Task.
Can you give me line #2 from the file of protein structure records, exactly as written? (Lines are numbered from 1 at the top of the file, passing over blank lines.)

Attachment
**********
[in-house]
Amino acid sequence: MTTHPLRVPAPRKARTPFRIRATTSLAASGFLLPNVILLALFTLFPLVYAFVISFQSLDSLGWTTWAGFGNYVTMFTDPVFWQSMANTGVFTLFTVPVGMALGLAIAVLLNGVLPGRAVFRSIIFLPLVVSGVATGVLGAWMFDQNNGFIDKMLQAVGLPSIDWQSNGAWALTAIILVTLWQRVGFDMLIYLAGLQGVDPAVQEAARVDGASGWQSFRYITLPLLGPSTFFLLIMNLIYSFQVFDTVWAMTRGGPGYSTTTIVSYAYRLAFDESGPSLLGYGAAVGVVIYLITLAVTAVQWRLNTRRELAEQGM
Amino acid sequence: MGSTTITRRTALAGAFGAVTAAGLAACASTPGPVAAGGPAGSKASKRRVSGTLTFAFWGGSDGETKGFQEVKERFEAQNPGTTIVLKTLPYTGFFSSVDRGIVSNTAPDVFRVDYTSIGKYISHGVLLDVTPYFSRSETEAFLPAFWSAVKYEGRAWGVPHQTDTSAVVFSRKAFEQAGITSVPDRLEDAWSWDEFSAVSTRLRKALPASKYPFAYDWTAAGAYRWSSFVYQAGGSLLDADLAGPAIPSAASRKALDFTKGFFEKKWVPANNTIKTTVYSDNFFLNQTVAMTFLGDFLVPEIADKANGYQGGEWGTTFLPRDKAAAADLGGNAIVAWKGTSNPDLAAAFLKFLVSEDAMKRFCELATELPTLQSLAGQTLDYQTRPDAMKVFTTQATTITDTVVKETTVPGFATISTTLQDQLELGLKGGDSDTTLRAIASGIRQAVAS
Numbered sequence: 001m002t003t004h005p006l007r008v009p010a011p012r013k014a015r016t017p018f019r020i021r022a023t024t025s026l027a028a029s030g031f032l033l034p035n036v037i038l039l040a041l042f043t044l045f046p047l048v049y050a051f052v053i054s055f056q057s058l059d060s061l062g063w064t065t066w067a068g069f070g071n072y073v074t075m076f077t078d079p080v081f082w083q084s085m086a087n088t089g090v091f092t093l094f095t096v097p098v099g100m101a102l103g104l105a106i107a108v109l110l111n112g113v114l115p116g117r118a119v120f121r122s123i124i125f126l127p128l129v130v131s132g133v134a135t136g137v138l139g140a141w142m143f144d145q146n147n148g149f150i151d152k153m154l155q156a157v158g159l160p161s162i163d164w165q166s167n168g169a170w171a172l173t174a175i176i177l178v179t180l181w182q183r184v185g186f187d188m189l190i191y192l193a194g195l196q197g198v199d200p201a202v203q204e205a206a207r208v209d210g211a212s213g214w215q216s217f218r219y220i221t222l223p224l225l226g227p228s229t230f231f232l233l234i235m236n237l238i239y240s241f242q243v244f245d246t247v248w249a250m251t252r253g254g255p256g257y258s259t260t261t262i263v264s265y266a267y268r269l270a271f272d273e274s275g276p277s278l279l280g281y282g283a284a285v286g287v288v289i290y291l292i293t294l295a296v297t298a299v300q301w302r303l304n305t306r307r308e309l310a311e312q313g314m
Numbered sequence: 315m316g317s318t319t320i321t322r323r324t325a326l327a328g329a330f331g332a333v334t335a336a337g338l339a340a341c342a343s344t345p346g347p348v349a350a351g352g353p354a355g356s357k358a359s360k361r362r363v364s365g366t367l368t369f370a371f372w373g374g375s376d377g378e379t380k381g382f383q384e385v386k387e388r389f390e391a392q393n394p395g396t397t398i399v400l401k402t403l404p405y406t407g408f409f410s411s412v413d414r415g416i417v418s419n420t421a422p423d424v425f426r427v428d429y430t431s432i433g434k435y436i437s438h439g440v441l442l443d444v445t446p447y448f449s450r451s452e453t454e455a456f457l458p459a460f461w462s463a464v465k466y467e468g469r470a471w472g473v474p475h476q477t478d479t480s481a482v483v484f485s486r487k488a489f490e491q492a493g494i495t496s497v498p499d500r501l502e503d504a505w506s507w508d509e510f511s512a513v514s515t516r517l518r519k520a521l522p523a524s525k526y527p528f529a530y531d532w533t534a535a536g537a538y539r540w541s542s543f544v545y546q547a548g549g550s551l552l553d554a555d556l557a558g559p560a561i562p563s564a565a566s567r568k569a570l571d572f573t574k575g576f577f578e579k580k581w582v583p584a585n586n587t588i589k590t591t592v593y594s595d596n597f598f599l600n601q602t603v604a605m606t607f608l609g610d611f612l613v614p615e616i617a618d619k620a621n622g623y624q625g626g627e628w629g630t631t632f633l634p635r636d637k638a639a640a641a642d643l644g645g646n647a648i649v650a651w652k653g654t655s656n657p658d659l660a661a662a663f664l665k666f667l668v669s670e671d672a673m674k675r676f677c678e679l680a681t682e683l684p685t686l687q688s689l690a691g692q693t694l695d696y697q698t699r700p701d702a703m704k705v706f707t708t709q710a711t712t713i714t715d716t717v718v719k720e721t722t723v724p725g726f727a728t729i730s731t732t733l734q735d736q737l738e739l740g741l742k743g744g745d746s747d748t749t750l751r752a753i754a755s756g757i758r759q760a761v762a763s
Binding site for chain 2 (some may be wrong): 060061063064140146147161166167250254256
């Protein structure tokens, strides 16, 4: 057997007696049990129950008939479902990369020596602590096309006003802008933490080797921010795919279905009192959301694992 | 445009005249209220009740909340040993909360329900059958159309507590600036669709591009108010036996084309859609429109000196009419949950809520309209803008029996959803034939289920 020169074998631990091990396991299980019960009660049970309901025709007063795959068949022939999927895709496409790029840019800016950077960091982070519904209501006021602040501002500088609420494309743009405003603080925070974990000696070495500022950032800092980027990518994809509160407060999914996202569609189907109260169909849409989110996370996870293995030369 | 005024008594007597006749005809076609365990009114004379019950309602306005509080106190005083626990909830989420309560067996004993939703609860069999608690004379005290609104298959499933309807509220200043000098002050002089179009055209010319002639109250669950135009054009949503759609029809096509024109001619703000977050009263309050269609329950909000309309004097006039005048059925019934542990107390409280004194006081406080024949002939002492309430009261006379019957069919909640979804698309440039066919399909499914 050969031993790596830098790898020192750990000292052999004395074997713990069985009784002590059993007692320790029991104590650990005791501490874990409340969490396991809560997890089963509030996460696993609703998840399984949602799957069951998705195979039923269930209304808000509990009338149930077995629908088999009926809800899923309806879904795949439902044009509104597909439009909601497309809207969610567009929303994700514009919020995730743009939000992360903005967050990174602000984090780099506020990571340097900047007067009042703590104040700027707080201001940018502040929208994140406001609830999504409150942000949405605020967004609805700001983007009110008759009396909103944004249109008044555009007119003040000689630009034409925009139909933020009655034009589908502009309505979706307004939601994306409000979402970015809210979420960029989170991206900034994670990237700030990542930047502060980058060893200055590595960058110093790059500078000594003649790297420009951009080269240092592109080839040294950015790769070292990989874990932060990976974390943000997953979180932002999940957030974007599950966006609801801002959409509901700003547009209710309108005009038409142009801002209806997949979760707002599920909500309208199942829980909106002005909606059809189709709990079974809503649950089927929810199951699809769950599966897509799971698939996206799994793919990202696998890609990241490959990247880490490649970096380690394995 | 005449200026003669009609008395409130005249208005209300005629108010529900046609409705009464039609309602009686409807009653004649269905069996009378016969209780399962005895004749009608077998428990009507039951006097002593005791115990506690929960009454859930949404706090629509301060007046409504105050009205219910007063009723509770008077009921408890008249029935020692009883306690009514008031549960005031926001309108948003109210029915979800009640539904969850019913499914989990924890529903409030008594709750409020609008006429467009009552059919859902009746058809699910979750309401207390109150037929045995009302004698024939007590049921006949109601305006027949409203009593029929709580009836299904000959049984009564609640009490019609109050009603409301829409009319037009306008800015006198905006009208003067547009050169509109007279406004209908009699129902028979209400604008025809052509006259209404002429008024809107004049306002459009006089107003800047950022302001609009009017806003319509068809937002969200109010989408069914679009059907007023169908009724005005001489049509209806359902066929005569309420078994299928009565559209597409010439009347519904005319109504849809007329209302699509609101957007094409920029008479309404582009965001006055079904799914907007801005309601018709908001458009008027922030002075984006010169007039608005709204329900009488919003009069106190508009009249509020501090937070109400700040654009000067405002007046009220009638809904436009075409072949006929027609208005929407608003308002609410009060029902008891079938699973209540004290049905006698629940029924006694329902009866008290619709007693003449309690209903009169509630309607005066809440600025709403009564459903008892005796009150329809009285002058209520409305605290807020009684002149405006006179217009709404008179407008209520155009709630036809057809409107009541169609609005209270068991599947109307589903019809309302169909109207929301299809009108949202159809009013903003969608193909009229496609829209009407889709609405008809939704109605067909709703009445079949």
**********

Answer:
Amino acid sequence: MTTHPLRVPAPRKARTPFRIRATTSLAASGFLLPNVILLALFTLFPLVYAFVISFQSLDSLGWTTWAGFGNYVTMFTDPVFWQSMANTGVFTLFTVPVGMALGLAIAVLLNGVLPGRAVFRSIIFLPLVVSGVATGVLGAWMFDQNNGFIDKMLQAVGLPSIDWQSNGAWALTAIILVTLWQRVGFDMLIYLAGLQGVDPAVQEAARVDGASGWQSFRYITLPLLGPSTFFLLIMNLIYSFQVFDTVWAMTRGGPGYSTTTIVSYAYRLAFDESGPSLLGYGAAVGVVIYLITLAVTAVQWRLNTRRELAEQGM